PI PEG (Pi Pegasi), both PI-1 AND PI-2. Appearing right next to each other, separated by but 10 minutes of arc (1/6 degree), the two Pi's of Pegasus can hardly be taken separately. Though they may remind us of Mizar and Alcor, appearing to be something of a naked-eye double star, they are unrelated, yet present a pretty sight (use binoculars) that is closer to the stars of Lacerta, the Lizard, than to the prominent Square than makes the bulk of Pegasus. The numbers relate not to brightness rank, but to position, just-barely-sixth magnitude (5.59) Pi-1 to the west of brighter fourth magnitude (4.29) Pi-2. While just an "optical" line-of-sight double (not related by gravity), the two are still fairly close together, Pi-1 283 light years away, Pi-2 252 light years, making them just 31 light years apart. Given the errors in the measured parallaxes, they could actually be at the same distance, which would separate them by but 0.22 light years, or 47,000 Astronomical Units. They are, however, moving in quite different directions at different speeds, separating at some 25 kilometers per second, so there is no question about their being unrelated; they are just visiting each other. Rather oddly, Pi-1 and Pi-2 Peg are similar stars with similar ages, respectively class G (G6) and F (F5) dying giants, though in different stages of "gianthood." Pi-1, the fainter, has a temperature of 4790 Kelvin, a luminosity 51 times that of the Sun, a radius 10 times solar (not so much for a "giant"), and a mass double solar. It is a "clump star" some 600 million years old that is quietly fusing helium into hydrogen in its deep core ("clump" referring to the large numbers of similar stars that lie plotted on a graph of temperature vs. luminosity). Slowly rotating with a velocity of at least 6 kilometers per second, it may take as much as 89 days to make a full spin. Nearby lie four 10th through 12th magnitude stars that are also accidental line-ups and not real companions. Pi-2 is much more interesting. A warmer temperature of 6320 Kelvin and a luminosity of 92 solar (radius 8 solar) reveal a larger mass of 2.5 solar and tell of a relatively rare kind of star with a quiet helium core that is in transition to becoming a true helium-burner. Pi-2 is also a rare class F "shell star," one with a circumstellar disk of surrounding matter that has an unusually large rotation speed for a giant, 145 kilometers per second, which gives a rotation period less than 1.8 days. Rotations slow as stars expand (conservation of angular momentum, the same reason skaters speed up as they bring in their arms), but Pi-2 is not far enough along for much braking to have taken place. About 590 million years ago it was a rapidly spinning class B8 star, and is therefore probably the descendent of a disk- encased B-emission star (similar to, say, Zeta Tauri). Consistently, the star reveals a magnetically heated outer chromosphere (produced in part by rotation). If nothing else, the pair shows us how coincidences abound in astronomy and why measurements are needed to ferret out the relational truth. And though unrelated, the stars' brief visitation makes them prominent in each others' skies. If at their stated distances, Pi-1 is first magnitude (0.8) as seen from Pi-2, while Pi-2 glows at magnitude zero (-0.2) from Pi-1.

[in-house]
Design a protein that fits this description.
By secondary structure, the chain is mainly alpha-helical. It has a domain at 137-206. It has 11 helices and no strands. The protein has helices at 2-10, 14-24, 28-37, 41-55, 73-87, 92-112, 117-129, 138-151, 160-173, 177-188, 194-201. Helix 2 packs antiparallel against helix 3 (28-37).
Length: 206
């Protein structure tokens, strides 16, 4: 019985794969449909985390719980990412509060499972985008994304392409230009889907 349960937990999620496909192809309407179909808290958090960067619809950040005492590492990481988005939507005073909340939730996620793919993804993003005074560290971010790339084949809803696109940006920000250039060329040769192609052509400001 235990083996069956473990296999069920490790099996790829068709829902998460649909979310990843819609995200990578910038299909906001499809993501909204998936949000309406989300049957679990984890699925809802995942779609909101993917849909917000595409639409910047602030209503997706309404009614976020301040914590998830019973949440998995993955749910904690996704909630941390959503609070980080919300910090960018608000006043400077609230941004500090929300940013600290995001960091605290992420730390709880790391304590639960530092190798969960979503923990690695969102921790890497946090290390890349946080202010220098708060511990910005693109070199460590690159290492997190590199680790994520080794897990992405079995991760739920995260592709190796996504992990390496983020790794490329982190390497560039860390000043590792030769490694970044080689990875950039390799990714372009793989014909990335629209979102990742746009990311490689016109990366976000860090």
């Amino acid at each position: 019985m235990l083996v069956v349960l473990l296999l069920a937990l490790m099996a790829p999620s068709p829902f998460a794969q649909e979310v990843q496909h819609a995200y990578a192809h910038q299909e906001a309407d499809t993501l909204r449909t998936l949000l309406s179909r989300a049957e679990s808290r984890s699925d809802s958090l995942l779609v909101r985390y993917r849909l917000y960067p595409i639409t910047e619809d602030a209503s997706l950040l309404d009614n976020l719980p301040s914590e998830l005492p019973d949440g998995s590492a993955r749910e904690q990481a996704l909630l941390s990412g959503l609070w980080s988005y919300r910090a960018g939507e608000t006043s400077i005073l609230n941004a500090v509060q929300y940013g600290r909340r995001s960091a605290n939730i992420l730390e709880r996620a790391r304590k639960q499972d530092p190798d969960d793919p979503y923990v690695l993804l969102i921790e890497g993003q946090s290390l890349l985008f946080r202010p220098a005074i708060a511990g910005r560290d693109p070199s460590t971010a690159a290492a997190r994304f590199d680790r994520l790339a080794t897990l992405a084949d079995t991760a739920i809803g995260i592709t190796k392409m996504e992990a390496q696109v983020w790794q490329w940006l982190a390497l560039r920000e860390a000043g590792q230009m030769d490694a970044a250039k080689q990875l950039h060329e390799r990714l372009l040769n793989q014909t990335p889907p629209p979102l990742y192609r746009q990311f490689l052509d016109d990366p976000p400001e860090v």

Written by Jim Kaler. Return to STARS.